A fisher boy’s story
Isak Ræfsnes painted West Norway’s marine scenes
MARY JO THORSHEIM
Isak Ræfsnes (1852-1928) painted “Celebration at Lindås 1925,” a beautiful scene from Lindås, Norway, which shows boats gathering in the harbor there. First, we’ll look at the original oil painting and then describe the interesting life story of the artist.
Where in the world is Lindås?
Lindås is located north of Bergen, surrounded by water on three sides and mountains on the fourth side. This community and area north of Bergen, with its abundant ancient history, is in Nordhordland, Hordaland (as of January 2020, Hordaland merged with Sogn og Fjordane county to become Vestland county, but most of us know the old name best). There were Viking settlements there. Seim in Lindås is the site of the burial mound of King Håkon the Good, third king of Norway. Today, Mongstad, in the northern part of Lindås, has one of the largest oil refineries and seaports in Norway.
In former times, there were few road connections to Lindås, but two bridges and a tunnel provide easier access today. (My early trips to visit my roots on Thorsheim at Seim near Lindås involved at least two ferries. We transferred from one to another at Radøy. But this story is about Isak and one of his paintings, and not about me.)
Like with our Hans Dahl painting featured in the Sept. 17 issue of The Norwegian American, we can only speculate about the type of celebration that Ræfsnes portrayed in the painting shown here. What was the event attracting attention and visitors? Were the fishing boats at Lindås celebrating a big catch, and had they come from other places? Was there an observance in Lindås that marked the centennial of the Norwegian immigration to the United States in 1825, when the Restauration brought the first Norwegian immigrants to America? Were Syttende Mai or Midtsommer festivities happening in Lindås?
The details included in this painting are faithful to the actual Lindås 1925 scene, with its utilitarian buildings, broad harbor, and its fishing boats typical of the 1920s. In the luminous light that Ræfsnes captured, the focal point of the boats gives the painting energy, and the calm blue water provides a peaceful feeling.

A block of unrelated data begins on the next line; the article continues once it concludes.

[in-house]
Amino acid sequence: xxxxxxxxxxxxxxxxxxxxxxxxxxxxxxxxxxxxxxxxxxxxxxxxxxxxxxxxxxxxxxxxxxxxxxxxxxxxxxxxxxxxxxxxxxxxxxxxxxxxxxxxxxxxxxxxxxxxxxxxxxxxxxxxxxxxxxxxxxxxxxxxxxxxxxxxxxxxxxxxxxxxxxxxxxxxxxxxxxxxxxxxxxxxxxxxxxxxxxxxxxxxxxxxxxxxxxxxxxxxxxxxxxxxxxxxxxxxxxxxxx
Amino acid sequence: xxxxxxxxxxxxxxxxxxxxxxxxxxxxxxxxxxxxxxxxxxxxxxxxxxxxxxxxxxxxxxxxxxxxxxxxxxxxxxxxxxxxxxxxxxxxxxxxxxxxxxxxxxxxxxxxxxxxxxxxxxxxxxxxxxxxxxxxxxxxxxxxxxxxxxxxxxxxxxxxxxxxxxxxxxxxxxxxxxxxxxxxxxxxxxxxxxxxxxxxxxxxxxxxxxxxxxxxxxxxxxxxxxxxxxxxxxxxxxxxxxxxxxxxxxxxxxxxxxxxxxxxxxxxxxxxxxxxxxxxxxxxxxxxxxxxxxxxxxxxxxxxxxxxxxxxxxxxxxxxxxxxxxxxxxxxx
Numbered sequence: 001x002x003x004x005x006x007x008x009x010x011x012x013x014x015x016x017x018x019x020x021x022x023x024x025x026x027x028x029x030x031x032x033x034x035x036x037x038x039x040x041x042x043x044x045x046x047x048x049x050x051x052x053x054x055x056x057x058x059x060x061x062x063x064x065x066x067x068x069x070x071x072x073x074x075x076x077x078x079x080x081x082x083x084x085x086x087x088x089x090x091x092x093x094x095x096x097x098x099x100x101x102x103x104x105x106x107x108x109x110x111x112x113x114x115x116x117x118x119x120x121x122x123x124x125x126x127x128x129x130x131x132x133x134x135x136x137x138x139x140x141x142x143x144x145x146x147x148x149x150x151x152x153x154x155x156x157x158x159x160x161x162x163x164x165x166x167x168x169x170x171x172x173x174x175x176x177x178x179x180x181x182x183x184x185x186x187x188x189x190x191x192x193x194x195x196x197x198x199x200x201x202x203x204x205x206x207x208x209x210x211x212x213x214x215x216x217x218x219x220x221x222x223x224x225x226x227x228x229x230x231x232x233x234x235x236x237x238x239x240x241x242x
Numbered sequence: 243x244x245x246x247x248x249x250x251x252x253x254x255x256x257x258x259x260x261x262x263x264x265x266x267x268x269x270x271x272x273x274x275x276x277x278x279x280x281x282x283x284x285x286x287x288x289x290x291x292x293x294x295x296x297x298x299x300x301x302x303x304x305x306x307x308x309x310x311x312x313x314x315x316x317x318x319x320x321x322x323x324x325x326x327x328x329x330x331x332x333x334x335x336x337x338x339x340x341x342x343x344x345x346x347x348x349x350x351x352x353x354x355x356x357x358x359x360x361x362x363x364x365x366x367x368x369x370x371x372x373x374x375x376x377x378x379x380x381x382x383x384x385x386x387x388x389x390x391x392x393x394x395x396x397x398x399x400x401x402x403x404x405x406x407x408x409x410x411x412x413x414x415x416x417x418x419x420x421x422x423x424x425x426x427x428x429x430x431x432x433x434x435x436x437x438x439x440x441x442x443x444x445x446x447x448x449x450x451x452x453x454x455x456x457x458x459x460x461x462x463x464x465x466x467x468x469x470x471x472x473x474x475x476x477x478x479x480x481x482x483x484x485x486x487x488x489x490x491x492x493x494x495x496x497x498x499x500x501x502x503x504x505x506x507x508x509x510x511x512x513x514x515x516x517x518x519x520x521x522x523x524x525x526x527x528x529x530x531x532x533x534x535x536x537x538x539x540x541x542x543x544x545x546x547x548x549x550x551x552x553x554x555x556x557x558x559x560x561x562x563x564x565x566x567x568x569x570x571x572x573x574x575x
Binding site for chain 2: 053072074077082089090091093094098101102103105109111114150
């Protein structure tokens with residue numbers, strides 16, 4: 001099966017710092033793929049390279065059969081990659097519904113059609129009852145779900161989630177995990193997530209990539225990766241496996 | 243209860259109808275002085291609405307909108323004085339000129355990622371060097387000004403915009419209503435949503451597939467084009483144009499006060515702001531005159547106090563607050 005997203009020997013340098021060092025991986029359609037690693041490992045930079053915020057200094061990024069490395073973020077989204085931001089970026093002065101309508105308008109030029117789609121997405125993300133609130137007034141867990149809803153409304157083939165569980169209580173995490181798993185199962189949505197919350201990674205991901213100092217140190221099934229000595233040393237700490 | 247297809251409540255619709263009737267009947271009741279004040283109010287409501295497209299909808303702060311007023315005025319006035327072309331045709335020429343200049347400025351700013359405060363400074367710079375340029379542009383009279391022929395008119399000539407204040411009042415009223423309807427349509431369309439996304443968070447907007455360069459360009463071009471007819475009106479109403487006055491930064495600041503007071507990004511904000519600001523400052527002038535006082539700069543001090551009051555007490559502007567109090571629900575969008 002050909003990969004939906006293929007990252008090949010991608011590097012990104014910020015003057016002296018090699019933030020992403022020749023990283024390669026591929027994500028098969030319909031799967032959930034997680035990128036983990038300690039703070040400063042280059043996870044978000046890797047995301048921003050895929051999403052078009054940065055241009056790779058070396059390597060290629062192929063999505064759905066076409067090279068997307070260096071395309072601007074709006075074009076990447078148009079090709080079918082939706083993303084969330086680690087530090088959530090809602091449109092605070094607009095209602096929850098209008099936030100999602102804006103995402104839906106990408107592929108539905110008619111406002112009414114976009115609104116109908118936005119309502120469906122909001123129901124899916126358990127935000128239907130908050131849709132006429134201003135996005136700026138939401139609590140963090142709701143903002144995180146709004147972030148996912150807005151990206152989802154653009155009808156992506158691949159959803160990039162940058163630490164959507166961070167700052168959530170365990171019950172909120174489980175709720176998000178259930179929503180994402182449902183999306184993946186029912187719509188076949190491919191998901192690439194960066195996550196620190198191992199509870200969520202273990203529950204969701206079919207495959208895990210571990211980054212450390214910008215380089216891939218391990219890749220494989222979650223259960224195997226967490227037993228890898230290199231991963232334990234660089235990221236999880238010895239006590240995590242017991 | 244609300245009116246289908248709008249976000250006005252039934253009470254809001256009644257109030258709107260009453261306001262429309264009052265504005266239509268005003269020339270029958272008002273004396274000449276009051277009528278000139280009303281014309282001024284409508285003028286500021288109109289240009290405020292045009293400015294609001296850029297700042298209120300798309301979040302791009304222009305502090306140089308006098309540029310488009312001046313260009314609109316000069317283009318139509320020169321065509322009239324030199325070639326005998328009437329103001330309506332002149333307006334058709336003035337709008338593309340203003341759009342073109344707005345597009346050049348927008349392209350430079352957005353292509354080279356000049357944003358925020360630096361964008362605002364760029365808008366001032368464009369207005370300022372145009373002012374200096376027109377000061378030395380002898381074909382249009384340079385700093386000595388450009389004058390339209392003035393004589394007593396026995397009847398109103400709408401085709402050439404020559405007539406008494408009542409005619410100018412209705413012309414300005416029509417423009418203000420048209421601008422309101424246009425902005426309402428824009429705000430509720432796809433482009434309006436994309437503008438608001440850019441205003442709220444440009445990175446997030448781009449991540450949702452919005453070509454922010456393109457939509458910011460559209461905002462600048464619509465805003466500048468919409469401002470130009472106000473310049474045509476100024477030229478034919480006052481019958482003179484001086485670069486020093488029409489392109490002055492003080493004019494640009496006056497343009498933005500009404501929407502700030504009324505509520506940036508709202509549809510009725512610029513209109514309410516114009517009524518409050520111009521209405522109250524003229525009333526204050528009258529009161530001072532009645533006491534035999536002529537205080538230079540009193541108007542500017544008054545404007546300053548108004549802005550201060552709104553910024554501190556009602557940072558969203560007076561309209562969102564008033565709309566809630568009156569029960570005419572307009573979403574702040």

Fiskergutt som ble maler—Fisher boy who became a painter
Isak Elias Aslaksen Refsnæs was born on the farm “Refsnes” at Ytre Stadlandet at the part of the peninsula that is farthest out in the sea. Where is Stadlandet, Norway? It is located north of Bergen, southwest of Ålesund in northwest Nordfjord in Vestland. The quickest way to get to Ålesund from Stadlandet is a quick two-hour trip by ferry, northward along the coast. Stadlandet is a peninsula, and it is the dividing point between the Norwegian Sea to the north and the North Sea to the south. Extending northwest from the mainland into the sea, it is surrounded by water on three sides.
Ræfsnes was born and grew up and lived all his life near the sea. Fishing from an open boat as an impressionable youth gave him the opportunity to observe and appreciate marine life: boats, ships, the sea, nature and coastal scenes that probably gave him important perspectives to capture in his paintings later in life. (“Fishing” was commercial fishing to harvest fish for the local market and for export, not recreational fishing.)
When Ræfsnes was of school age, he received instruction from itinerant teachers who traveled from town to town and held classes at each farm for the children who lived there. After the new education law of 1860 when he was 8 years old, every student had the right to eight weeks of school per year.
He entered military officers’ school in Bergen when he was 20. He graduated in 1874 and then worked for a few years in an office. After learning about photography, he had positions with two studios in Bergen. The whole time his interest in drawing and painting grew and he spent much of his free time in those pursuits. He completed two years in technical school in the evenings, but finances prevented more education or art study abroad. For that reason, he became mostly self-taught from then on, and he favored subjects that he knew well: the sea, coastal landscapes, boats, and ships.
In 1880, Ræfsnes married. He and his wife had seven children. Providing for all of them was a financial challenge. He was forced to sell his art at low prices, and for that reason he compensated by creating many paintings. He painted a lot of portraits of people and also traveled around to different towns in western Norway to paint portraits of ships for shipping firms there. In addition to producing paintings of fleets of ships for big steamship companies, he created altar paintings for churches and school banner designs (like those that schoolchildren carry in Syttende Mai parades in Norway today).
Ræfsnes visited Ålesund several times where he stayed with a brother. Many of his paintings from that period exist in Ålesund and the Ålesund district. Among them is a collection at the Ålesund Museum. On Dec. 9, 1928, after a productive life of 76 years, Ræfsnes died in Bergen.
In the end, Isak Refsnæs was best known for his marine paintings and interpretation of western Norway’s coastal nature and the sea. He was also a landscape and portrait painter. He might have been dubbed “son-of-the sea,” a fisher boy who became a recognized painter of subjects he knew so well.
This article originally appeared in the Oct. 9, 2020, issue of The Norwegian American. To subscribe, visit SUBSCRIBE or call us at (206) 784-4617.